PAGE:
- BACKGROUND OF THE INVENTION
This invention relates to the control of a dual mode drive arrangement for an automotive refrigerant compressor.
- SUMMARY OF THE INVENTION
Dual mode compressor drive arrangements have been utilized to maintain continuous climate control operation in automotive powertrains, with the dual mode drive arrangement allowing a refrigerant compressor of the climate control system to be selectively driven by the powertrain internal combustion engine or an electric motor. For example, the engine may be coupled to the compressor drive shaft through an electromagnetic clutch, and the armature of the electric motor may be coupled to (or integral with) the compressor drive shaft. Typically, the drive arrangement is configured so that the compressor is driven by the engine when the engine is running, and by the electric motor when the engine is not running. For example, if the engine is turned off under idle conditions to reduce fuel consumption, the electric motor may be activated to prevent interruption of the compressor drive. Similar considerations occur in hybrid powertrain configurations where the vehicle is selectively driven by an engine or an electric drive motor, or where an engine is intermittently operated to provide supplemental electric power to an electric drive motor.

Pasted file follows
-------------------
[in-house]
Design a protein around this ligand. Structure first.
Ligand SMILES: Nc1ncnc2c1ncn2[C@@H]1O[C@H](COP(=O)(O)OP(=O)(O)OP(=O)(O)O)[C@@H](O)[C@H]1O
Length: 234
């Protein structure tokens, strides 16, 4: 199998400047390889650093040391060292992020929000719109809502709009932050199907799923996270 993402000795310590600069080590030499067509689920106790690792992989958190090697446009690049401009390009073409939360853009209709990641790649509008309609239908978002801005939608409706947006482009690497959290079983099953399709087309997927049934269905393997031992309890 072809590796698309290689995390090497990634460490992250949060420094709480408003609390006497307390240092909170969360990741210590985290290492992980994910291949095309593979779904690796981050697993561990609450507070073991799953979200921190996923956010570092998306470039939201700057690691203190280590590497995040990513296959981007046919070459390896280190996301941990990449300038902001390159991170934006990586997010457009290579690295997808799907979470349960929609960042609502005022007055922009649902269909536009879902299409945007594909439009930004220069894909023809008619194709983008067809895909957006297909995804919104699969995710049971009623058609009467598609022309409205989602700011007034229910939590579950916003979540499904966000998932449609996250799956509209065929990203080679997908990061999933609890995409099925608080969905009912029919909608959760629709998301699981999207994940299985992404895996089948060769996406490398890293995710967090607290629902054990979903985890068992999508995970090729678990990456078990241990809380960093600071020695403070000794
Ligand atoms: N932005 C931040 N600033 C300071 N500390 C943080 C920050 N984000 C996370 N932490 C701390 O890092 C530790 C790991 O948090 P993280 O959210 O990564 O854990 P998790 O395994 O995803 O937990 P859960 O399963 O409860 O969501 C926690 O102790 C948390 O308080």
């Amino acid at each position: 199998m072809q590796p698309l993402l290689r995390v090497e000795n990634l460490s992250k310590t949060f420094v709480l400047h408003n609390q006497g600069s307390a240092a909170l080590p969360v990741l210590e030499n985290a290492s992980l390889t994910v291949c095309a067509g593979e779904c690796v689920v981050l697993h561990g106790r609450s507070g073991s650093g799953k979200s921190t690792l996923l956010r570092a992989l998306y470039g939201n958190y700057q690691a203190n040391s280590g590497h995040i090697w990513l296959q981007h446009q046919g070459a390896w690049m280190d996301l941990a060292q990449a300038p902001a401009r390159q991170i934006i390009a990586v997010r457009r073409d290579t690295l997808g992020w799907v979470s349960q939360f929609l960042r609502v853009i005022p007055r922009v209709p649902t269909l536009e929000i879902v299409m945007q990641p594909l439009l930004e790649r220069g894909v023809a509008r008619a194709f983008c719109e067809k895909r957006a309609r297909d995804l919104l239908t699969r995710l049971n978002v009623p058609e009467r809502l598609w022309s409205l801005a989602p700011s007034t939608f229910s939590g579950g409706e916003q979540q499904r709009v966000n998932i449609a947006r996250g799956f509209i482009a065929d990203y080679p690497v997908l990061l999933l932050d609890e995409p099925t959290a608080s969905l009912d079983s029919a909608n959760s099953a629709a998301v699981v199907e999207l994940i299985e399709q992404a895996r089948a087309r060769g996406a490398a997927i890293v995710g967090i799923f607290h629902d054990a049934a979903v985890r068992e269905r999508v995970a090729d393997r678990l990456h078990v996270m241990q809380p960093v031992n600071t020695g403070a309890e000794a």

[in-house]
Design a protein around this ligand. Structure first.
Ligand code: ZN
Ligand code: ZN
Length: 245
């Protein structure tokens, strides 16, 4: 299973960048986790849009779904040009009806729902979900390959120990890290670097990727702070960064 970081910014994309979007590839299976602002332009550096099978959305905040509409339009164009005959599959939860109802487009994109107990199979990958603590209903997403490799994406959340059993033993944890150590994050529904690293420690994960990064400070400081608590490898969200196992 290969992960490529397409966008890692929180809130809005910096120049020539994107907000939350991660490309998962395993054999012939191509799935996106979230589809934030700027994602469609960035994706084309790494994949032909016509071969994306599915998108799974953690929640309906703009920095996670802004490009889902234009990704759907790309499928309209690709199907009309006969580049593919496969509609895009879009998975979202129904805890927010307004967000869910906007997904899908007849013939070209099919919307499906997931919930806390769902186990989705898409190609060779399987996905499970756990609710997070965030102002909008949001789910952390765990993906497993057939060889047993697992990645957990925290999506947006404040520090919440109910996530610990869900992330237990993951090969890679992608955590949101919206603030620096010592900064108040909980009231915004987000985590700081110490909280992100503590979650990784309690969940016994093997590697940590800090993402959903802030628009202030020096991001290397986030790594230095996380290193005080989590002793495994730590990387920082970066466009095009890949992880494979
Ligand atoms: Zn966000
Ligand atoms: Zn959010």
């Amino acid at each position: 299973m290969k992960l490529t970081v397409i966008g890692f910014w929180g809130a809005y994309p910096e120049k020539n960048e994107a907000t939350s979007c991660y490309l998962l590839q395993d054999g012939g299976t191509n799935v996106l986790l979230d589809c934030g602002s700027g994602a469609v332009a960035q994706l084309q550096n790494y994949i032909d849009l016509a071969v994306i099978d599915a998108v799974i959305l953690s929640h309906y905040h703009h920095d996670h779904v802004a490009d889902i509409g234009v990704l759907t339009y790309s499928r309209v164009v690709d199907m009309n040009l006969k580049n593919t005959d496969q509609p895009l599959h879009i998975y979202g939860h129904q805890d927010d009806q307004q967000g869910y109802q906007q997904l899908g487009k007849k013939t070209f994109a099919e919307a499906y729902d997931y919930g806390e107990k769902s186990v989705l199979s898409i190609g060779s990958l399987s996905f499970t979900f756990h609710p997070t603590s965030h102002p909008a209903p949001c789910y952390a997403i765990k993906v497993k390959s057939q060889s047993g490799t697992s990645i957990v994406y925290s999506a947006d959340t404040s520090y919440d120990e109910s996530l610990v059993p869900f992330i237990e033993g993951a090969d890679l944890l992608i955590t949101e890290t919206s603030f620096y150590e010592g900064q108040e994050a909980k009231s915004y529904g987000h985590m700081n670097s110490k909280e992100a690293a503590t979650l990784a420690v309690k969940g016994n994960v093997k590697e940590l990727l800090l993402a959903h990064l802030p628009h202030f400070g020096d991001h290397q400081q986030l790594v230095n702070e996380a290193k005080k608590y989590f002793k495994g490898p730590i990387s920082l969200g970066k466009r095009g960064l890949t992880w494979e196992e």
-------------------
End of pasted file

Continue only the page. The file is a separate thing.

BRIEF DESCRIPTION OF THE DRAWINGS
The present invention is directed to an improved control method for a dual mode drive arrangement coupling a climate control compressor to an electric machine and an engine, where the engine is turned on and off during operation of the vehicle, and where the electric machine is selectively operated as a motor or a generator during operation of the engine for improved efficiency and performance. In a preferred embodiment, the machine is operated as a generator to increase the available power for vehicle electrical loads when compressor operation is not needed or when the engine is driving the compressor. Conversely, the machine is operated as a motor to drive the compressor under heavy engine loading or when the engine speed is outside a desired operating range defined in terms of compressor speed.